Growth in the UK's construction sector stalled last month as demand for building projects outstripped the supply of staff and raw materials.
Data provider IHS Markit said that in July the UK's construction sector grew at its slowest rate since February, coming off a 24-year high.
"July data marked the first real slowdown in the construction recovery since the lockdown at the start of this year," said Tim Moore, economics director at IHS Markit. "It was unsurprising that UK construction companies were unable to maintain output growth at the 24-year high seen in June, especially with widespread supply shortages and constrained capacity to take on additional orders.
"The loss of momentum spanned all major categories of construction work and was most pronounced in the house-building sector."
IHS Markit's purchasing managers index (PMI), a survey of senior leaders within the sector, found businesses struggling to meet demand due to supply issues.
A building boom has led to a shortage of sub-contractors, with most specialist staff fully booked up. IHS Markit recorded the second fastest decline in sub-contractor availability in the building sector since it began collecting data in 1997.
Samuel Tombs, chief UK economist at Pantheon Macroeconomics, said construction firms were likely to be struggling with staff shortages due to the "pingdemic". Over 1m people were "pinged" by the NHS COVID app last month and told to self-isolate.
Sourcing raw materials like bricks and concrete has also become an issue. Two-thirds of survey respondents said they were facing supply chain delays that were getting worse. IHS Markit linked the delays to Brexit, which has contributed to an ongoing shortage of lorry drivers in the UK.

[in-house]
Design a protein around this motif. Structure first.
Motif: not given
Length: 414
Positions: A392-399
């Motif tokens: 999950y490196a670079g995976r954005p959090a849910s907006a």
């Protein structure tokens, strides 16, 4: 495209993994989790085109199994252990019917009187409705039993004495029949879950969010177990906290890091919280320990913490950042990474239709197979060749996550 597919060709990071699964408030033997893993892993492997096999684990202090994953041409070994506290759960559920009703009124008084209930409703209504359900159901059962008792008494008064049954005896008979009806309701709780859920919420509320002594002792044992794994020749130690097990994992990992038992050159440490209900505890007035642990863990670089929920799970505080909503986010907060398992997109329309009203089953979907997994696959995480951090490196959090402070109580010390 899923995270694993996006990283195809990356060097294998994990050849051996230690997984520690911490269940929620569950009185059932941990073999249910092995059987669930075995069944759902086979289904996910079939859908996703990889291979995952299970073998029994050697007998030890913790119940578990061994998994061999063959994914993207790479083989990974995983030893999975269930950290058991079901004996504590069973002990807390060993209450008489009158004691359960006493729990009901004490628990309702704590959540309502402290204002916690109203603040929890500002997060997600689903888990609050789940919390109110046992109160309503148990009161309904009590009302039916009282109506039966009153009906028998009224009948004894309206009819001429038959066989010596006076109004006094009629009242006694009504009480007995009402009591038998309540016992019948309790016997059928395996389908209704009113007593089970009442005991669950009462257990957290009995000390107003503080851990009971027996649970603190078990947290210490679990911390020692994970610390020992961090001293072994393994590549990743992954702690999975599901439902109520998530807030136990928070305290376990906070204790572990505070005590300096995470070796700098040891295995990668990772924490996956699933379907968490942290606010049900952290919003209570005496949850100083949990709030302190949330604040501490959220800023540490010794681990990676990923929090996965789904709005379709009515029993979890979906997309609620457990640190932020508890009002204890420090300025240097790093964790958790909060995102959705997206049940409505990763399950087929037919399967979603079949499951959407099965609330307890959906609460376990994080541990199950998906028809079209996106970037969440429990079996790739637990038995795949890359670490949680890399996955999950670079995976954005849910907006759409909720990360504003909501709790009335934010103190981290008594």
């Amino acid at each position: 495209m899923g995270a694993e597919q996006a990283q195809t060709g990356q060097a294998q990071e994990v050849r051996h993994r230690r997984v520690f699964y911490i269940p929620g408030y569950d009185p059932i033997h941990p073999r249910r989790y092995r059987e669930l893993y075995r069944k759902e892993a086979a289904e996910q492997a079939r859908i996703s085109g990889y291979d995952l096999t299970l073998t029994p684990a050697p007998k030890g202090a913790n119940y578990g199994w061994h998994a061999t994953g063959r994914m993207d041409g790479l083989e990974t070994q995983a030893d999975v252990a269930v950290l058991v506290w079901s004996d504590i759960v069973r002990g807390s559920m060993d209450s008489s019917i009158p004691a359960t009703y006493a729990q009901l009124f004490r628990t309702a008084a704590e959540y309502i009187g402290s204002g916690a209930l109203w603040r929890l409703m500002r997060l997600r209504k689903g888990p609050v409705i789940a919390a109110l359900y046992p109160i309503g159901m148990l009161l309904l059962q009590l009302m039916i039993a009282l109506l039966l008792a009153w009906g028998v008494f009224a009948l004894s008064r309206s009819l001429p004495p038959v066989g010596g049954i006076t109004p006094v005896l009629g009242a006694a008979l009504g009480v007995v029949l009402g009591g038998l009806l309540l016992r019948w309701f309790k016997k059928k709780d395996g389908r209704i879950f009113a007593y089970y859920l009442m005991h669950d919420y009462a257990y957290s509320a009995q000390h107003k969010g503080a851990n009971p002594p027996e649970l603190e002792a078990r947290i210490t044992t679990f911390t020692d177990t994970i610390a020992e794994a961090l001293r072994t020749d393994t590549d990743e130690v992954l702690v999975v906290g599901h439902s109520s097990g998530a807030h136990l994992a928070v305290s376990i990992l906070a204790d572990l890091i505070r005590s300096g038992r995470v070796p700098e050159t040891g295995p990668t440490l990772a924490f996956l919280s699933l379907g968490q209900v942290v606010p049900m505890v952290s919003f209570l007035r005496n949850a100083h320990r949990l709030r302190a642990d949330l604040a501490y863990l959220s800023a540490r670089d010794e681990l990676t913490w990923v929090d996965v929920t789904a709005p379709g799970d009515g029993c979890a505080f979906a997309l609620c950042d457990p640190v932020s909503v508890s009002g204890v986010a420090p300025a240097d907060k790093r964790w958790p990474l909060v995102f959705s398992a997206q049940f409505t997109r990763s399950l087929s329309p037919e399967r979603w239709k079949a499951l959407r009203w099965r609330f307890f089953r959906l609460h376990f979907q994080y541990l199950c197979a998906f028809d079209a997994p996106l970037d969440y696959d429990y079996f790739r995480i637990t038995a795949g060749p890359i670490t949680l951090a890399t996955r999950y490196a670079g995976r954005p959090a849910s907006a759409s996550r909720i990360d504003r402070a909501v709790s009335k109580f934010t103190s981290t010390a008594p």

A hunt for raw materials is driving up costs, acting as a further break on activity. IHS Markit reported "rapid" cost inflation in the construction sector. Earlier this week builders merchant Travis Perkins said it was seeing inflation hit as much as 7% in recent months.
"The rampant rise in prices for raw materials and transportation continued to be the construction industry’s heavy load, along with historically long delivery times," said Duncan Brock, group director at the Chartered Institute of Procurement & Supply.
"Faced with transport disruptions, shortages of essentials and Brexit delays, the initial spurt of activity this year is fast hitting the rocks. Building optimism was dampened to the lowest since January as it is difficult to foresee when all these challenges are likely to subside."
Tombs said: "Looking ahead, the decline in Covid-19 infections in recent weeks should help to boost builders’ staffing levels. But construction demand might falter when surging input prices hit customers."
The downbeat news from the construction sector follows similar data from the services industry on Wednesday. IHS Markit said the UK's dominant service sector – which covers everything from banking to waiting tables – was struggling with staff shortages and inflation.
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